It is not every day that a children’s movie can touch and challenge the soul of an adult. This is how I felt during one part of Pixar’s Soul. Whether you’ve seen this movie or not, I want to write about one particular scene that has really affected how I approach life.
The setup (no spoilers!): the main character Joe has received the job opportunity of a lifetime only for it to be snatched away at the last second. Despite all of his other great accomplishments and talents, he feels dejected and hopeless. Another character in the movie then tells him a story —
I heard this story about a fish.
He swims up to an older fish and says,
“I’m trying to find this thing they call ‘the ocean.”
“The ocean?” the older fish says, “That’s what you’re in right now.”
“This?” says the young fish. “This is water. What I want is the ocean!”
All of us, at some point, live life in this way. We easily find ourselves in a hamster wheel, constantly seeking the next best thing, longing for the next stage of life, or are forever focused on a future self. But we completely miss the world around us. The future is imaginary and the past is a memory.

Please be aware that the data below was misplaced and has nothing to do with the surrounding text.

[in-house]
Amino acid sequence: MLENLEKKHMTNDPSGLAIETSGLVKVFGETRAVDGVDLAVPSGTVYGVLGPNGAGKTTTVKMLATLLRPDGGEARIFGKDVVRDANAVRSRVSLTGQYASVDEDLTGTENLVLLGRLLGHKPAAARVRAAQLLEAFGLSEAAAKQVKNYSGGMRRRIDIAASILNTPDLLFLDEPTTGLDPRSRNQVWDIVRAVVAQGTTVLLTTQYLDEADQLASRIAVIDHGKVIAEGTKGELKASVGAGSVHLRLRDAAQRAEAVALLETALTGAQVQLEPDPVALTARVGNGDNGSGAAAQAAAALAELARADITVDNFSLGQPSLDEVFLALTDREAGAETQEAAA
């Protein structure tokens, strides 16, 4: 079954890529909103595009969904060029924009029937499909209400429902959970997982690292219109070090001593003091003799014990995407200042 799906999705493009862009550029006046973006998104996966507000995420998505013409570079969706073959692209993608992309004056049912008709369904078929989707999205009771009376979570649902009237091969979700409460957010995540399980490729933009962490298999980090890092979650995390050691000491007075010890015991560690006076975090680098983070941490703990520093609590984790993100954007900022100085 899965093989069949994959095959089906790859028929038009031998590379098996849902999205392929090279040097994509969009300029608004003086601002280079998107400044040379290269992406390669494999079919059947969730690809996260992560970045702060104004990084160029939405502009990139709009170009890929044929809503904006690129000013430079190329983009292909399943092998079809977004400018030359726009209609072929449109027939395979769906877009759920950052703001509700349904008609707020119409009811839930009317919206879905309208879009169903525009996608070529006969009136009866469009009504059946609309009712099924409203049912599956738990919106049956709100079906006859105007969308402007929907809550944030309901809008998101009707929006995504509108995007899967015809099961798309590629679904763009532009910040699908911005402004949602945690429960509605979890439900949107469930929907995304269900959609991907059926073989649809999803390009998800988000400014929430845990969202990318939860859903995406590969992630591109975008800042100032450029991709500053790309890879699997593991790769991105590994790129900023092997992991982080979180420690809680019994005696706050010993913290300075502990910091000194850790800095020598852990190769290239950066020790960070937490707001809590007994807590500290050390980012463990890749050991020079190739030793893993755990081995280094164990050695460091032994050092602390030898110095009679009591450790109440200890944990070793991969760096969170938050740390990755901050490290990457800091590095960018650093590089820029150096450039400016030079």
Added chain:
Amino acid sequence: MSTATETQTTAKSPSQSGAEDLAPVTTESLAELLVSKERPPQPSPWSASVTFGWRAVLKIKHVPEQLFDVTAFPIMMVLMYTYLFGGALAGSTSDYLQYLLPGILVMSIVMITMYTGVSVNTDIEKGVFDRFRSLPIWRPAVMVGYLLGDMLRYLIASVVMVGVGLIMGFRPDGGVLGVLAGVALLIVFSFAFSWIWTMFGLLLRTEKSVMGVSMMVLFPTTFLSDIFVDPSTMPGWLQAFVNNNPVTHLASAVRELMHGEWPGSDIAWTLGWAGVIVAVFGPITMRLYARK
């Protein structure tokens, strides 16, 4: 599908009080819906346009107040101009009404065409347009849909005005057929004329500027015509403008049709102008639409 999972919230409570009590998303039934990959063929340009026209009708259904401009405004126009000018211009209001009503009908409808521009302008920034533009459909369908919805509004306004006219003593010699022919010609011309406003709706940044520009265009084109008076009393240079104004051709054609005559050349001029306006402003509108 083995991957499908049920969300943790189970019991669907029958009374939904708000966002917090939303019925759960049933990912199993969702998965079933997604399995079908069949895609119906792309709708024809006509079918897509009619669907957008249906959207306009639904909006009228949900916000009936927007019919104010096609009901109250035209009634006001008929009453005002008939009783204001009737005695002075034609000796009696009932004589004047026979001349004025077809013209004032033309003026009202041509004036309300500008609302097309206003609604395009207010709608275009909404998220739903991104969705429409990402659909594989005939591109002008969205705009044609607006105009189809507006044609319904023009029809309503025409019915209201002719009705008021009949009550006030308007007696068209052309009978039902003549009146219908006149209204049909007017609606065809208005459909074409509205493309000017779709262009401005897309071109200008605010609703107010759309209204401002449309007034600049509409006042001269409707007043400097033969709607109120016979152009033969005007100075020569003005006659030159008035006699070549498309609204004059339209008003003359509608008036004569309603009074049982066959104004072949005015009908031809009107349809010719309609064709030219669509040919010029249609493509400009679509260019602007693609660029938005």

The present moment, however, is our only true and tangible reality. The present moment is our life.
Every day I hear things like “I wish I had taken better care of myself when I was younger” or “I never saw this medical complication coming” or “It’s no fun getting older.”
The rose-colored glasses view of the past haunts us. By neglecting the present moment, we fail to see the warning signs with our health, we fail to see the beauty around us, we fail to cherish our current day-to-day life. We long for the past or fear for the future. But it’s the present moment that we can actually affect, change for the better, and find happiness.
I encourage you, including myself, to work hard at staying in the present moment, especially when you are around your family, on vacation, walking outside in nature, or just in the everyday aspects of your life. These present moments are where we find the beauty and happiness in life.
Start a gratitude journal, spend time off of electronic devices. In terms of your health, ask yourself, “What can I do today that will help me stay healthy?” Before you sit down for a meal, ask “What and how should I eat now, so I can feel healthy and full later?”. Think about how grateful you are to have good food sitting in front of you. Doing this helps anchor your mind and your health in the present and keeps you better on track for a healthier version of yourself.
Take a break and enjoy reality.